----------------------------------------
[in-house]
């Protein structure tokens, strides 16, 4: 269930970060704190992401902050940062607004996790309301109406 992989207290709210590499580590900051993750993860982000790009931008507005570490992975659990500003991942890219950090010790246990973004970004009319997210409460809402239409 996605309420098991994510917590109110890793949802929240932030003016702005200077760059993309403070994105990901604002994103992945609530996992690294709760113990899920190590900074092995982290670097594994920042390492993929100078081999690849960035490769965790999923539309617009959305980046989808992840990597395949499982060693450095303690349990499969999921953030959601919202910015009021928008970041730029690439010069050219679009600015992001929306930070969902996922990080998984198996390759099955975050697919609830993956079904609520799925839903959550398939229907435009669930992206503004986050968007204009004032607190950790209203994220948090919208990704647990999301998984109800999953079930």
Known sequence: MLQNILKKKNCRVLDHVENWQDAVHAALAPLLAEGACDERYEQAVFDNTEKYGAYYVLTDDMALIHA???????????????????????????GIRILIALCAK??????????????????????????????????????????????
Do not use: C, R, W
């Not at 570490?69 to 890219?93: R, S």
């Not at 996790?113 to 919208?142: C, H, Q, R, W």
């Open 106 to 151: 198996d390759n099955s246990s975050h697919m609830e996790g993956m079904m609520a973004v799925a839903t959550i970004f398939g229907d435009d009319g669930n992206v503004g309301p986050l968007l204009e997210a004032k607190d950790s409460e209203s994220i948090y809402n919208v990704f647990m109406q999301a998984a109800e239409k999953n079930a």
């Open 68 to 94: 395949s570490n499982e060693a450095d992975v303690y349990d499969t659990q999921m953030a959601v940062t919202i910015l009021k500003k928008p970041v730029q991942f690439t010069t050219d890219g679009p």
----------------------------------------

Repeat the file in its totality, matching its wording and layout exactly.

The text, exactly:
[in-house]
């Protein structure tokens, strides 16, 4: 269930970060704190992401902050940062607004996790309301109406 992989207290709210590499580590900051993750993860982000790009931008507005570490992975659990500003991942890219950090010790246990973004970004009319997210409460809402239409 996605309420098991994510917590109110890793949802929240932030003016702005200077760059993309403070994105990901604002994103992945609530996992690294709760113990899920190590900074092995982290670097594994920042390492993929100078081999690849960035490769965790999923539309617009959305980046989808992840990597395949499982060693450095303690349990499969999921953030959601919202910015009021928008970041730029690439010069050219679009600015992001929306930070969902996922990080998984198996390759099955975050697919609830993956079904609520799925839903959550398939229907435009669930992206503004986050968007204009004032607190950790209203994220948090919208990704647990999301998984109800999953079930």
Known sequence: MLQNILKKKNCRVLDHVENWQDAVHAALAPLLAEGACDERYEQAVFDNTEKYGAYYVLTDDMALIHA???????????????????????????GIRILIALCAK??????????????????????????????????????????????
Do not use: C, R, W
């Not at 570490?69 to 890219?93: R, S």
């Not at 996790?113 to 919208?142: C, H, Q, R, W």
């Open 106 to 151: 198996d390759n099955s246990s975050h697919m609830e996790g993956m079904m609520a973004v799925a839903t959550i970004f398939g229907d435009d009319g669930n992206v503004g309301p986050l968007l204009e997210a004032k607190d950790s409460e209203s994220i948090y809402n919208v990704f647990m109406q999301a998984a109800e239409k999953n079930a």
């Open 68 to 94: 395949s570490n499982e060693a450095d992975v303690y349990d499969t659990q999921m953030a959601v940062t919202i910015l009021k500003k928008p970041v730029q991942f690439t010069t050219d890219g679009p």